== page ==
I wrote a review of his book Infinite Jest, which is my favorite book, on my other, long-neglected blog. Excerpt from my review:
It's not a beautiful book; there are no lyric descriptions of love and beauty. It's about addiction and depression and the futility and inadequacy of intelligence and success. It takes place primarily in a tennis academy and a rehab clinic. It's also, in part, a retelling of Hamlet.
His writing was informed by his depression. Excerpt from an interview:
The sadness that the book is about, and that I was going through, was a real American type of sadness. I was white, upper-middle-class, obscenely well-educated, had had way more career success than I could have legitimately hoped for and was sort of adrift. A lot of my friends were the same way. Some of them were deeply into drugs, others were unbelievable workaholics. Some were going to singles bars every night. You could see it played out in 20 different ways, but it's the same thing.
Some of my friends got into AA. I didn't start out wanting to write a lot of AA stuff, but I knew I wanted to do drug addicts and I knew I wanted to have a halfway house. I went to a couple of meetings with these guys and thought that it was tremendously powerful. That part of the book is supposed to be living enough to be realistic, but it's also supposed to stand for a response to lostness and what you do when the things you thought were going to make you OK, don't. The bottoming out with drugs and the AA response to that was the starkest thing that I could find to talk about that.
I get the feeling that a lot of us, privileged Americans, as we enter our early 30s, have to find a way to put away childish things and confront stuff about spirituality and values. Probably the AA model isn't the only way to do it, but it seems to me to be one of the more vigorous.
(I wrote about how Alcoholics Anonymous is NOT EFFECTIVE compared to many other forms of treatment here.)
DFW attended church, but his writing has a real atheistic feel to it. It's honest and real and unflinching while at the same time imaginative and playful. My guess is that he wanted to believe, that he saw that as perhaps a way out of depression, but that he couldn't really do it. From later in that same interview:
[Interviewer:] The characters have to struggle with the fact that the AA system is teaching them fairly deep things through these seemingly simplistic clichés.
[DFW:] It's hard for the ones with some education, which, to be mercenary, is who this book is targeted at. I mean this is caviar for the general literary fiction reader. For me there was a real repulsion at the beginning. "One Day at a Time," right? I'm thinking 1977, Norman Lear, starring Bonnie Franklin. Show me the needlepointed sampler this is written on. But apparently part of addiction is that you need the substance so bad that when they take it away from you, you want to die. And it's so awful that the only way to deal with it is to build a wall at midnight and not look over it. Something as banal and reductive as "One Day at a Time" enabled these people to walk through hell, which from what I could see the first six months of detox is. That struck me.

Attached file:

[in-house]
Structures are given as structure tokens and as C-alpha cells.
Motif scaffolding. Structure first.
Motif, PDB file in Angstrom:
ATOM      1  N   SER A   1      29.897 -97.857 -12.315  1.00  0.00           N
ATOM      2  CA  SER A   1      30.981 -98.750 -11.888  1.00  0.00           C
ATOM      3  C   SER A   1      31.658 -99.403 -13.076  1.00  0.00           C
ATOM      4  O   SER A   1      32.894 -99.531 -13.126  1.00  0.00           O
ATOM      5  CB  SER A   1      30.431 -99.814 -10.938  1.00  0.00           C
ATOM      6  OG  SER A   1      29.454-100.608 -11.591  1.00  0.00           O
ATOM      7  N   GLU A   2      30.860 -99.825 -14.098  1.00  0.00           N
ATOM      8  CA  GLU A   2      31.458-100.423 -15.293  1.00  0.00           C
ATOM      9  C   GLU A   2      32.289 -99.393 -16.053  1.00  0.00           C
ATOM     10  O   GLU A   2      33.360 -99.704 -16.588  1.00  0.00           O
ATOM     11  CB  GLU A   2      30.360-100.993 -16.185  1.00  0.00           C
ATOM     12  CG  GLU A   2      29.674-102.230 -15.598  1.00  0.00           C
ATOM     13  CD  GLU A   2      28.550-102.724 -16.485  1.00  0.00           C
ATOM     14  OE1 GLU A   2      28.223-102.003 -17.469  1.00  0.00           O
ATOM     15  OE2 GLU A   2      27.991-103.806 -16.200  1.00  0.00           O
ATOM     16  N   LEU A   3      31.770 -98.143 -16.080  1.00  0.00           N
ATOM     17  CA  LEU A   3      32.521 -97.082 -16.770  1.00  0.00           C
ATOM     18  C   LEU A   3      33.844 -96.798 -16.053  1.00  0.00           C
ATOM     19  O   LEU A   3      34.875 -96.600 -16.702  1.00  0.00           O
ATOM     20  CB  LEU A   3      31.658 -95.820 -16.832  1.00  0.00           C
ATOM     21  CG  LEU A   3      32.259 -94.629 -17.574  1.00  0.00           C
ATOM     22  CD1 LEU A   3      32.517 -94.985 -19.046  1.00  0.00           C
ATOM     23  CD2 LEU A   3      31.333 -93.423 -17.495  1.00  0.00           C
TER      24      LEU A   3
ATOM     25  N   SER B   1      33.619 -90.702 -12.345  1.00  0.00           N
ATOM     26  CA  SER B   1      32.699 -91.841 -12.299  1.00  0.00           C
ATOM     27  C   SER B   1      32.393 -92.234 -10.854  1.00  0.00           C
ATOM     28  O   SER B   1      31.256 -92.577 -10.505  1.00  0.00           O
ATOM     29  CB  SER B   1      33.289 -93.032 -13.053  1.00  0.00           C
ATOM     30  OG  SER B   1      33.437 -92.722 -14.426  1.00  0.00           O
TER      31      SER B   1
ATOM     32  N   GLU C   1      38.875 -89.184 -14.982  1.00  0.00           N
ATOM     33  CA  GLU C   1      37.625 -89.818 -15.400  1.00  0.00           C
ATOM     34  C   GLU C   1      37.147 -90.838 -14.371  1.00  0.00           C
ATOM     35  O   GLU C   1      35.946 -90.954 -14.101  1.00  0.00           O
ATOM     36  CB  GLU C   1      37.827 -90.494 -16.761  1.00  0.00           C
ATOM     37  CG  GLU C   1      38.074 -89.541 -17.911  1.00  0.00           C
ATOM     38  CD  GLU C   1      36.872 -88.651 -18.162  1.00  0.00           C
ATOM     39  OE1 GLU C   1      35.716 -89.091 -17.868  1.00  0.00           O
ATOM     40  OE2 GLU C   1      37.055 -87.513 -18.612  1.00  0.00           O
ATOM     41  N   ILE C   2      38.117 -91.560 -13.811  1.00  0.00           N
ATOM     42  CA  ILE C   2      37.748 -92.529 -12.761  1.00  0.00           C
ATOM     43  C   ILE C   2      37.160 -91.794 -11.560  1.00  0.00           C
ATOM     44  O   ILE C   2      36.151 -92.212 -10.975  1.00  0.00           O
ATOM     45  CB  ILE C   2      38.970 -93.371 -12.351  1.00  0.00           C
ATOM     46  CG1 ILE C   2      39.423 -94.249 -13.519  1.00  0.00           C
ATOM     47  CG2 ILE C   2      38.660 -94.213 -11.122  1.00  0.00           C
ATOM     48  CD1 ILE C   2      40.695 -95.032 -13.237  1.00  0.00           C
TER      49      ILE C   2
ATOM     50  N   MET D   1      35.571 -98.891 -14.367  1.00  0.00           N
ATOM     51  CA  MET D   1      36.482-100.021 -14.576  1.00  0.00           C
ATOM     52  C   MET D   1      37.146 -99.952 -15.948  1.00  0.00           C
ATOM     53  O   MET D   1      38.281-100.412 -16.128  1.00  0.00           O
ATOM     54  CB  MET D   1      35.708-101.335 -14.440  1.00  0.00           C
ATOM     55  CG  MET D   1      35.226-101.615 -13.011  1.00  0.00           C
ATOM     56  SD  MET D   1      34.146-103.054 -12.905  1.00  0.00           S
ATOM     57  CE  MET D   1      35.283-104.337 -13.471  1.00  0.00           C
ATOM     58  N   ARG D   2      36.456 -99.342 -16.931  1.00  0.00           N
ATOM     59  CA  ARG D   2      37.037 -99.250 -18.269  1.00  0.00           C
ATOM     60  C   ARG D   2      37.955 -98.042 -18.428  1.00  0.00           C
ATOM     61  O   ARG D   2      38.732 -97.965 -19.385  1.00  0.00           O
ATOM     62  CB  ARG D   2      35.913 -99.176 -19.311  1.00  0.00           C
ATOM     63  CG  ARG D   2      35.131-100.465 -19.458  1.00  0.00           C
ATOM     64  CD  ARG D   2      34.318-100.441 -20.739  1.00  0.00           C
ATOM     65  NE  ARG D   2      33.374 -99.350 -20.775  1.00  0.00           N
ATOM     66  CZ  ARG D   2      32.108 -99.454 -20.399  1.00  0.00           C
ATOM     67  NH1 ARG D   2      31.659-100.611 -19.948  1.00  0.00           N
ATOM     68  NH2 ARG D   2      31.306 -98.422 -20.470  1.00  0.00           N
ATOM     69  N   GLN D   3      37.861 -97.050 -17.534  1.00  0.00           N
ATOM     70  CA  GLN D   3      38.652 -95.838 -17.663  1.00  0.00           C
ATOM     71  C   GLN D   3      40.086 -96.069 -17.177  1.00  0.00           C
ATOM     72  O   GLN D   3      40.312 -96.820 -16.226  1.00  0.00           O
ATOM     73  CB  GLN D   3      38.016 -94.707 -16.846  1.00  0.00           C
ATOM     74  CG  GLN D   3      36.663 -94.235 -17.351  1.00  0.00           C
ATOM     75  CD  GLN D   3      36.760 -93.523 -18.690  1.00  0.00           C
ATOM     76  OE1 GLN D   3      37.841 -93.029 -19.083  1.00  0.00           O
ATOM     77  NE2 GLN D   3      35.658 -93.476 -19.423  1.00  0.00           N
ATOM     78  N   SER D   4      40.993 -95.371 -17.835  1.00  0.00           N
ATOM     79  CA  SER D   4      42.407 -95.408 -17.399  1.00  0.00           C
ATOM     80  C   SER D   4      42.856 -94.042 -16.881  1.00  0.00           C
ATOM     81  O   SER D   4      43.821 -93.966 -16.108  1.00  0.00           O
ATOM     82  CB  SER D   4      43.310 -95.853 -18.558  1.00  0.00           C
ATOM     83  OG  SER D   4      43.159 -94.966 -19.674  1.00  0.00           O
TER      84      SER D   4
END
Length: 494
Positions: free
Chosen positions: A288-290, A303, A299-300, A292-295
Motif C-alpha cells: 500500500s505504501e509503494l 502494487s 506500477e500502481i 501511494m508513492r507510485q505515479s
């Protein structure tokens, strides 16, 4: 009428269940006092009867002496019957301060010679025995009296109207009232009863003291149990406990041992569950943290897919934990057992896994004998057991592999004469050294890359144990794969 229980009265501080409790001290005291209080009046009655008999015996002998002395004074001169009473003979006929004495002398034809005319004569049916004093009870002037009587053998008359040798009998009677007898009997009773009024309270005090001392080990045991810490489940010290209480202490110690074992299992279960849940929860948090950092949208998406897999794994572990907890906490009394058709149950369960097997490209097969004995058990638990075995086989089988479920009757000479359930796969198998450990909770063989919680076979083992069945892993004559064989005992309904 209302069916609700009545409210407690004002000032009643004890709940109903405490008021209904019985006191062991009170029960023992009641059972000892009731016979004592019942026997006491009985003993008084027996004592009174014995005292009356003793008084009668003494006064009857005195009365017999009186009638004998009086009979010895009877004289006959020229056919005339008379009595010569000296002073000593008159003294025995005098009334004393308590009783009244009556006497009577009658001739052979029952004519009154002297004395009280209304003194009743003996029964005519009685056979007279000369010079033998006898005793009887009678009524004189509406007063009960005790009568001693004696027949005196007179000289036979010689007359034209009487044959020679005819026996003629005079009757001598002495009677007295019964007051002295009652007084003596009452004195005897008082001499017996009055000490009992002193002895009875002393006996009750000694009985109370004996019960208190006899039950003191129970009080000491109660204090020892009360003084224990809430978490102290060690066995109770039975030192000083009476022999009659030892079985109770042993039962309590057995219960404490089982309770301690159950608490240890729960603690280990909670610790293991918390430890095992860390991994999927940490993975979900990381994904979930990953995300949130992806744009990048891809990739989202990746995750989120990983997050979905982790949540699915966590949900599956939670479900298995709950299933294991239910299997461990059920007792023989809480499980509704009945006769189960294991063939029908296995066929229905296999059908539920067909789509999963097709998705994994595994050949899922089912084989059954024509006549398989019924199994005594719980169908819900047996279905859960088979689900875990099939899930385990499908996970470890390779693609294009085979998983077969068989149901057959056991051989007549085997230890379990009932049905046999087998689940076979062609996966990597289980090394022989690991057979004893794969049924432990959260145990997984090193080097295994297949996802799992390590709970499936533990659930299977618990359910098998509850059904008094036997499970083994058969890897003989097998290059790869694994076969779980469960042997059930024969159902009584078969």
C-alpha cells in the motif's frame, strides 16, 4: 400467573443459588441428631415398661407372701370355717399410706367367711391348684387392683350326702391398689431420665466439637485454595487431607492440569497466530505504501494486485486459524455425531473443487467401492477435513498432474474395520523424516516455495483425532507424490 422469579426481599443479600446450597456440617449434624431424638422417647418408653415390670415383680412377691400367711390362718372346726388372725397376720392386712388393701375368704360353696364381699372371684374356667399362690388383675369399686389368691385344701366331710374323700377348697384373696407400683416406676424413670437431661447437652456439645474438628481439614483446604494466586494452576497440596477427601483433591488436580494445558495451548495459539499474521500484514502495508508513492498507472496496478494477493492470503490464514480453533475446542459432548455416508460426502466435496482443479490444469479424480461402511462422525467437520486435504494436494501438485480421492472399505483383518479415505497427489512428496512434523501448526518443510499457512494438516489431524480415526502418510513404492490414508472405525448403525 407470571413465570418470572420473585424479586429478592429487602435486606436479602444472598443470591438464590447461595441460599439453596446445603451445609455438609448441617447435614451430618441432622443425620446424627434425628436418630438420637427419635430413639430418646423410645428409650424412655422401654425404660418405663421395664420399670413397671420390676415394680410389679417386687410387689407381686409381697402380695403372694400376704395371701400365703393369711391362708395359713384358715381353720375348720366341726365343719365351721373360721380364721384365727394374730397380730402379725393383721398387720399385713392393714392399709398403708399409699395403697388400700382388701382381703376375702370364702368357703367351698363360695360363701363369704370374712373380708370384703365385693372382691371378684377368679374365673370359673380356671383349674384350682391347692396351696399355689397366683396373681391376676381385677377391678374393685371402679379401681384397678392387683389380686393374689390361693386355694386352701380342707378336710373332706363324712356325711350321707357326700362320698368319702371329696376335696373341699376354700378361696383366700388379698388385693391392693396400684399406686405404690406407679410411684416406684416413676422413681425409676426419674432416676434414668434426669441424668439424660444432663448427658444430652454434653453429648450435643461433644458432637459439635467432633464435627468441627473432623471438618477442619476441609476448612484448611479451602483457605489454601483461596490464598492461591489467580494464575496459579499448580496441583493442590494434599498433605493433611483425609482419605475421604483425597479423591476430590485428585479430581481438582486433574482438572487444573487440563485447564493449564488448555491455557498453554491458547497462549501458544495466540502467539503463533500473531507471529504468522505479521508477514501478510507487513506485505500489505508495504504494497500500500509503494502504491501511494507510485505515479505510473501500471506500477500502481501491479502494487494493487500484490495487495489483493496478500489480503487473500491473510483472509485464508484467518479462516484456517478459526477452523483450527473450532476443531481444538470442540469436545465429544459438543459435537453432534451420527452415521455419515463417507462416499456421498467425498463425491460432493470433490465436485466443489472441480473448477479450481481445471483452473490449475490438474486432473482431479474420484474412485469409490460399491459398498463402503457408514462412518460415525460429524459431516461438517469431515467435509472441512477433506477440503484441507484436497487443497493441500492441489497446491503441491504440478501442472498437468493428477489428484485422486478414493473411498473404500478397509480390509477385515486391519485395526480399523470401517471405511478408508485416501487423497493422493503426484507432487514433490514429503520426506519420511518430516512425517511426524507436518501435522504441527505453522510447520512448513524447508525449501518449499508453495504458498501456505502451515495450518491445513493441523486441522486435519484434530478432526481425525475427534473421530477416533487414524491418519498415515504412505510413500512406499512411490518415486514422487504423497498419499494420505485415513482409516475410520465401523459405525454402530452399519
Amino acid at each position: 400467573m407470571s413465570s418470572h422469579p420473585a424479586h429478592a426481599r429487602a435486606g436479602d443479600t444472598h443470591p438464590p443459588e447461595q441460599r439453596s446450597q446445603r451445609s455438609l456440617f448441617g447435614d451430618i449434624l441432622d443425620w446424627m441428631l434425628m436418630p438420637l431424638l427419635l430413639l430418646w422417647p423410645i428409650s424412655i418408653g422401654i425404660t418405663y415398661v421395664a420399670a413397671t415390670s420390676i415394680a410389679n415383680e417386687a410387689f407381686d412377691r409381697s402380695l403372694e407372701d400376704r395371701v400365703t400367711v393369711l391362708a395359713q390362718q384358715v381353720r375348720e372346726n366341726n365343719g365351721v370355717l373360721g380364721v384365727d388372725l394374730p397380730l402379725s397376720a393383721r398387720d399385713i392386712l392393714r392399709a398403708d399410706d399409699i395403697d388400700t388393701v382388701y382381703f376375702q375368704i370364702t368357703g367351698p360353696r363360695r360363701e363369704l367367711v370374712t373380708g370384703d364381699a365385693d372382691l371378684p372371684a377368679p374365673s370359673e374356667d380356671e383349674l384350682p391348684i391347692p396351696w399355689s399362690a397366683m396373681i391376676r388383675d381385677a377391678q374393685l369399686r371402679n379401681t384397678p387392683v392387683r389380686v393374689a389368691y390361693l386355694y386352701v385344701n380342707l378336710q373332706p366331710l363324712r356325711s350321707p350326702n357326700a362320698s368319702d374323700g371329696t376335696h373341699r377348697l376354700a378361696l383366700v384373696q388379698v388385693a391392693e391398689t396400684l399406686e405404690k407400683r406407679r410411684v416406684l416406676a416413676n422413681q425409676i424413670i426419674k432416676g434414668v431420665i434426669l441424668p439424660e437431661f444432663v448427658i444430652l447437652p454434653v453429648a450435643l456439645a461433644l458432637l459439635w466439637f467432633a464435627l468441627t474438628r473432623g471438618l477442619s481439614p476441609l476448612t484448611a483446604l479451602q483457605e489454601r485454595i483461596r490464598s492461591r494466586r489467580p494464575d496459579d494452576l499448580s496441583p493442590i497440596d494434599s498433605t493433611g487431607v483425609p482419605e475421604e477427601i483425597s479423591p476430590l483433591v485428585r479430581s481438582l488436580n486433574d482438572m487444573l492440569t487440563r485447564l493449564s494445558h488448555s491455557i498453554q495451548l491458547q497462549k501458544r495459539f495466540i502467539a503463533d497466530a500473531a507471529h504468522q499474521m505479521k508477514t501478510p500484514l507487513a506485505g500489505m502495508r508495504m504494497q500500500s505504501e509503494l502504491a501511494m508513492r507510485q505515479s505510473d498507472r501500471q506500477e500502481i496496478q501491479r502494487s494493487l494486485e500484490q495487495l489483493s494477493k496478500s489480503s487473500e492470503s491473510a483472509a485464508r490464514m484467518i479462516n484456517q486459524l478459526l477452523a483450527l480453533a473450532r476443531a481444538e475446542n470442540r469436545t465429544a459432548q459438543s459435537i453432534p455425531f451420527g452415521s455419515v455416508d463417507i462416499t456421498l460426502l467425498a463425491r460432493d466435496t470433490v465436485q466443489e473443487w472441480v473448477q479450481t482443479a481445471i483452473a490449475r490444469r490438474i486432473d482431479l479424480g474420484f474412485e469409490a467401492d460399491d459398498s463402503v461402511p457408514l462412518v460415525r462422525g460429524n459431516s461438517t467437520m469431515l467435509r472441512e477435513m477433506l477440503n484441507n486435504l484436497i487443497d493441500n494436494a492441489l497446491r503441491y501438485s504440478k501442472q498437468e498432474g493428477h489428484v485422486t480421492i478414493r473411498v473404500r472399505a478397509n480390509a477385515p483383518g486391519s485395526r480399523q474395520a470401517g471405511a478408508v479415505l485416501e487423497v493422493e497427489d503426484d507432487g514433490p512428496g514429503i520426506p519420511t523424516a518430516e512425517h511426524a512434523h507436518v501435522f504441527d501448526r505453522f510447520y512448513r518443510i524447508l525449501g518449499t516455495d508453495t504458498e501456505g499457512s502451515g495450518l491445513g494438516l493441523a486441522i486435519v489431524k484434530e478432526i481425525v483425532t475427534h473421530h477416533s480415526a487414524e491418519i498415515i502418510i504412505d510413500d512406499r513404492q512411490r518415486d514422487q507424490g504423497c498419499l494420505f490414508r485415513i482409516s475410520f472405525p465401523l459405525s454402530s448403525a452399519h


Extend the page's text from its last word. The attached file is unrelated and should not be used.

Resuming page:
I think, and again, I'm guessing here, that DFW saw religion in much the same way -- that there's something real and helpful there and all this intelligence and education and ironical detachment gets in the way of that. I hope he didn't neglect what would most likely have helped -- professional psychological treatment -- for religion.
Religion is somewhat correlated with happiness and longevity, but I suspect that if you're an educated, intelligent depressed non-believer, psychological treatment is more likely to help than attempting to convince yourself to believe.
DFW's essays were perhaps even better than his novels. My favorite is "Tennis Player Michael Joyce's Professional Artistry as a Paradigm of Certain Stuff about Choice, Freedom, Discipline, Joy, Grotesquerie and Human Completeness," collected in A Supposedly Fun Thing I'll Never Do Again. (His work sounds pretentious, but when you get to know it, you see that he's using literary playfulness as a tool. He's not just showing off.)
DFW was the editor of The Best American Essays 2007, and his introduction to that book is itself a brilliant essay. I was a little underwhelmed by Host, an essay about right-wing talk radio host John Ziegler, but it's worth a read. He also wrote an essay about John McCain in 2000 for Rolling Stone, which has now become a book. Here's an interview with the Wall Street Journal about the book.
Here is David Foster Wallace on Charlie Rose. Skip to 23:15:
Fan site The Howling Fantods has everything you'd ever want to know about DFW.
(Public service announcement: If you are depressed or think you might be, please get yourself a good psychologist. It's not something you have to figure out on your own or trust your religious tradition to help you with. I see a psychologist myself. Feel free to email me.)
Update: According to the NY Times obit, Wallace was receiving medical care:
His father said Sunday that Mr. Wallace had been taking medication for depression for 20 years and that it had allowed his son to be productive. It was something the writer didn’t discuss, though in interviews he gave a hint of his haunting angst...
James Wallace said that last year his son had begun suffering side effects from the drugs and, at a doctor’s suggestion, had gone off the medication in June 2007. The depression returned, however, and no other treatment was successful. The elder Wallaces had seen their son in August, he said.
“He was being very heavily medicated,” he said. “He’d been in the hospital a couple of times over the summer and had undergone electro-convulsive therapy. Everything had been tried, and he just couldn’t stand it anymore.”